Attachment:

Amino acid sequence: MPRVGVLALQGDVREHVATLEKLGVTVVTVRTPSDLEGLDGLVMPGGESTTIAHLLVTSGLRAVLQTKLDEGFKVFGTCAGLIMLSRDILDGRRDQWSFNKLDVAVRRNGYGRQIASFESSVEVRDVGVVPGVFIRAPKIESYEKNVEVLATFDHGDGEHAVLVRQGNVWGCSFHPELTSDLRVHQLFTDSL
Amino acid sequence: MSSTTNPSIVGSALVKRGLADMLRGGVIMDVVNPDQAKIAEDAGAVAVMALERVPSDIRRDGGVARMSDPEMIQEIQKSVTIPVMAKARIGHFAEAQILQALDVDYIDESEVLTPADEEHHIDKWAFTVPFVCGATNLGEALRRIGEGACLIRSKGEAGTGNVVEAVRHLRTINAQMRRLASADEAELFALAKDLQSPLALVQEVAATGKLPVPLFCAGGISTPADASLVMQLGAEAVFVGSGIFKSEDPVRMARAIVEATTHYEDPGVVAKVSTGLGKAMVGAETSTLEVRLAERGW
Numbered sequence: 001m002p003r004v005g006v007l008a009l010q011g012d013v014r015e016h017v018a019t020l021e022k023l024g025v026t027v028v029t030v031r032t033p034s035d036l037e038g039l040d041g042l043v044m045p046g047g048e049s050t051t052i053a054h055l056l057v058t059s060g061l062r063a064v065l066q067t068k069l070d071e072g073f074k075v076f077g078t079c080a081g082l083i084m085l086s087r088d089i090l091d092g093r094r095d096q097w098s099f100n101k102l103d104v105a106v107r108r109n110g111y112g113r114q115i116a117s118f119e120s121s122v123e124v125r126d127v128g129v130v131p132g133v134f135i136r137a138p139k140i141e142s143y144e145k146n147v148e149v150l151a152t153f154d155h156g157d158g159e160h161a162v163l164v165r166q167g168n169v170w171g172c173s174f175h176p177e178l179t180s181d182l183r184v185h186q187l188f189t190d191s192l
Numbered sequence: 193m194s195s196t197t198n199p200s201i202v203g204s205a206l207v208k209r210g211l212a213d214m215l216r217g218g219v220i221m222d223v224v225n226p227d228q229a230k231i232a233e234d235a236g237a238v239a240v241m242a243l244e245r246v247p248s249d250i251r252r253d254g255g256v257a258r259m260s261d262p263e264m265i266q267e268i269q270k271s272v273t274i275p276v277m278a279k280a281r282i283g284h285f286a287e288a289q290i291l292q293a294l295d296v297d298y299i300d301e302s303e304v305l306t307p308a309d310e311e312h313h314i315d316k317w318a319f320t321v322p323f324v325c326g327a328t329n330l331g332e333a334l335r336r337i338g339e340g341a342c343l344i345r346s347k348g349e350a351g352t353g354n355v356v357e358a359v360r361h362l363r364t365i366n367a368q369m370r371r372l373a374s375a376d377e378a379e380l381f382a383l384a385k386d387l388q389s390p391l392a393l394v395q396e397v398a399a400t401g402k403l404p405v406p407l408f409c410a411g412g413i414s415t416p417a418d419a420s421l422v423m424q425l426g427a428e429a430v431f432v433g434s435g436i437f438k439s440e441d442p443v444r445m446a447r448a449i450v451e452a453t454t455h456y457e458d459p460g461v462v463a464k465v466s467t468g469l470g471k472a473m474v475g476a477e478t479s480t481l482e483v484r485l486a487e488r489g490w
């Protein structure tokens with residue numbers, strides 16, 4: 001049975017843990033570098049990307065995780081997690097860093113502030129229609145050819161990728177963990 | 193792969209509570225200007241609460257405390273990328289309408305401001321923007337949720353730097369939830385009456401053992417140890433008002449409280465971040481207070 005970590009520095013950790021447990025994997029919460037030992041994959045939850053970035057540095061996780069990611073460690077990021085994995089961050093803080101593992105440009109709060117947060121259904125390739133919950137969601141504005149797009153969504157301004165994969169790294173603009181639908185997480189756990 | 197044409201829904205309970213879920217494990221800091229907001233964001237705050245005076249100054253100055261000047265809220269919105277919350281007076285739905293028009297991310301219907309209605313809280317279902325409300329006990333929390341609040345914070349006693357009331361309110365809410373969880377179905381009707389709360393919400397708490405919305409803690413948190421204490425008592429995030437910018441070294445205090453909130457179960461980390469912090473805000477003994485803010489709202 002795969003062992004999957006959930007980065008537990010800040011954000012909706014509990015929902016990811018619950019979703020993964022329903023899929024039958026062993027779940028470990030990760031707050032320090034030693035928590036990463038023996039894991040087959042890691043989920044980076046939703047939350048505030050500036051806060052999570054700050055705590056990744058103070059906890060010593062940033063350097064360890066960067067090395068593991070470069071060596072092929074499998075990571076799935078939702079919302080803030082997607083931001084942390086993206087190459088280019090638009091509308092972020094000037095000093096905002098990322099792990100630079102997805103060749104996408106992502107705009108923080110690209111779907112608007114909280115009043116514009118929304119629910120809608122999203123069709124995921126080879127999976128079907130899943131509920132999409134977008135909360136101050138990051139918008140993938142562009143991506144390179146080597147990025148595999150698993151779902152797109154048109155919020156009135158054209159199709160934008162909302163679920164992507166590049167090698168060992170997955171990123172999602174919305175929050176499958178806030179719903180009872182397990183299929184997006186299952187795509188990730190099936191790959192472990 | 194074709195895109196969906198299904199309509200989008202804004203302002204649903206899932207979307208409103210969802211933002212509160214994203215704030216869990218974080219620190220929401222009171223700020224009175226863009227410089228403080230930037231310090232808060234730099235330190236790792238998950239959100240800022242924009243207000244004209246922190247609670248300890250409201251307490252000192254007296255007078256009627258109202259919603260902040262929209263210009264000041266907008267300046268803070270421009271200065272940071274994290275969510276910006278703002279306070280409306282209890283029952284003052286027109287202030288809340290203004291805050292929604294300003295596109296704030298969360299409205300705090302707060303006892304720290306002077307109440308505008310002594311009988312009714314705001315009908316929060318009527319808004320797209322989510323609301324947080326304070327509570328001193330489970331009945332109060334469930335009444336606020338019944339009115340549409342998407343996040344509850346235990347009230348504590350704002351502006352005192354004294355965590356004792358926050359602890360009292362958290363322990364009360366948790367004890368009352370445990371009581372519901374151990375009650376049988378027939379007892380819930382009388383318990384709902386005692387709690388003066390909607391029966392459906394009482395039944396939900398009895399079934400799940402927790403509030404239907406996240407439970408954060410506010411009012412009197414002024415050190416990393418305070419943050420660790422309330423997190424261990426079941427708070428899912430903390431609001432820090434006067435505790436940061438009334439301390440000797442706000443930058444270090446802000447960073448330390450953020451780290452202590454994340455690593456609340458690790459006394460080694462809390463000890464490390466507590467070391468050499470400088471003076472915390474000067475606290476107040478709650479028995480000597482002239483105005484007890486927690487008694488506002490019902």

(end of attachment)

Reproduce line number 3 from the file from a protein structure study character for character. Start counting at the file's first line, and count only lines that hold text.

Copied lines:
Numbered sequence: 001m002p003r004v005g006v007l008a009l010q011g012d013v014r015e016h017v018a019t020l021e022k023l024g025v026t027v028v029t030v031r032t033p034s035d036l037e038g039l040d041g042l043v044m045p046g047g048e049s050t051t052i053a054h055l056l057v058t059s060g061l062r063a064v065l066q067t068k069l070d071e072g073f074k075v076f077g078t079c080a081g082l083i084m085l086s087r088d089i090l091d092g093r094r095d096q097w098s099f100n101k102l103d104v105a106v107r108r109n110g111y112g113r114q115i116a117s118f119e120s121s122v123e124v125r126d127v128g129v130v131p132g133v134f135i136r137a138p139k140i141e142s143y144e145k146n147v148e149v150l151a152t153f154d155h156g157d158g159e160h161a162v163l164v165r166q167g168n169v170w171g172c173s174f175h176p177e178l179t180s181d182l183r184v185h186q187l188f189t190d191s192l